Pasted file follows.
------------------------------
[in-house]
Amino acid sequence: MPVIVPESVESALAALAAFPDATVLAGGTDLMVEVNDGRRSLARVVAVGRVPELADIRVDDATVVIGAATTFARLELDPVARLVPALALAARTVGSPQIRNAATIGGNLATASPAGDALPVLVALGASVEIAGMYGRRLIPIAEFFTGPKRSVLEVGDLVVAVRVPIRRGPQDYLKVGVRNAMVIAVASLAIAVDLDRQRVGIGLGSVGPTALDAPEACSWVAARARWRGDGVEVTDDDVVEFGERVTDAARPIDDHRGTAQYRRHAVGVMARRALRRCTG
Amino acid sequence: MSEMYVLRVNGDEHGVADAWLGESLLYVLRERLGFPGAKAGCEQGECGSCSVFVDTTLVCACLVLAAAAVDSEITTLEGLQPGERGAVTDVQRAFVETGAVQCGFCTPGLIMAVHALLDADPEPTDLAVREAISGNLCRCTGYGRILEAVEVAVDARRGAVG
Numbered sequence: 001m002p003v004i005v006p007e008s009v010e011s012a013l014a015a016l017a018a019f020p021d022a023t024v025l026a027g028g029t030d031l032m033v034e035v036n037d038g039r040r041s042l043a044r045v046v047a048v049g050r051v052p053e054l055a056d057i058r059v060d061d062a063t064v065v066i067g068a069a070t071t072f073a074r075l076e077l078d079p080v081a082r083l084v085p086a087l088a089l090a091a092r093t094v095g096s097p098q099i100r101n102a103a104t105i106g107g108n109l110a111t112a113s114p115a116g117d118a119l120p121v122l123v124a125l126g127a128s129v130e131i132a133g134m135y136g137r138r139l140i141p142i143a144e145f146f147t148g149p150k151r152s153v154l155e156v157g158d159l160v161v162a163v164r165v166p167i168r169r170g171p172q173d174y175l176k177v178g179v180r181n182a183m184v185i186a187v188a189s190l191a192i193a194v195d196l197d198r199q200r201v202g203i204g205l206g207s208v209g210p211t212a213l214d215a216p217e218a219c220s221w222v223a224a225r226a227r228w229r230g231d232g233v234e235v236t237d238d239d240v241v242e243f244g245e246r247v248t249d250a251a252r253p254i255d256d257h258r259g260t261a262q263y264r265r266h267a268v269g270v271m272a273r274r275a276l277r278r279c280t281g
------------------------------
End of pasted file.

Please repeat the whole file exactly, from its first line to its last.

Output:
[in-house]
Amino acid sequence: MPVIVPESVESALAALAAFPDATVLAGGTDLMVEVNDGRRSLARVVAVGRVPELADIRVDDATVVIGAATTFARLELDPVARLVPALALAARTVGSPQIRNAATIGGNLATASPAGDALPVLVALGASVEIAGMYGRRLIPIAEFFTGPKRSVLEVGDLVVAVRVPIRRGPQDYLKVGVRNAMVIAVASLAIAVDLDRQRVGIGLGSVGPTALDAPEACSWVAARARWRGDGVEVTDDDVVEFGERVTDAARPIDDHRGTAQYRRHAVGVMARRALRRCTG
Amino acid sequence: MSEMYVLRVNGDEHGVADAWLGESLLYVLRERLGFPGAKAGCEQGECGSCSVFVDTTLVCACLVLAAAAVDSEITTLEGLQPGERGAVTDVQRAFVETGAVQCGFCTPGLIMAVHALLDADPEPTDLAVREAISGNLCRCTGYGRILEAVEVAVDARRGAVG
Numbered sequence: 001m002p003v004i005v006p007e008s009v010e011s012a013l014a015a016l017a018a019f020p021d022a023t024v025l026a027g028g029t030d031l032m033v034e035v036n037d038g039r040r041s042l043a044r045v046v047a048v049g050r051v052p053e054l055a056d057i058r059v060d061d062a063t064v065v066i067g068a069a070t071t072f073a074r075l076e077l078d079p080v081a082r083l084v085p086a087l088a089l090a091a092r093t094v095g096s097p098q099i100r101n102a103a104t105i106g107g108n109l110a111t112a113s114p115a116g117d118a119l120p121v122l123v124a125l126g127a128s129v130e131i132a133g134m135y136g137r138r139l140i141p142i143a144e145f146f147t148g149p150k151r152s153v154l155e156v157g158d159l160v161v162a163v164r165v166p167i168r169r170g171p172q173d174y175l176k177v178g179v180r181n182a183m184v185i186a187v188a189s190l191a192i193a194v195d196l197d198r199q200r201v202g203i204g205l206g207s208v209g210p211t212a213l214d215a216p217e218a219c220s221w222v223a224a225r226a227r228w229r230g231d232g233v234e235v236t237d238d239d240v241v242e243f244g245e246r247v248t249d250a251a252r253p254i255d256d257h258r259g260t261a262q263y264r265r266h267a268v269g270v271m272a273r274r275a276l277r278r279c280t281g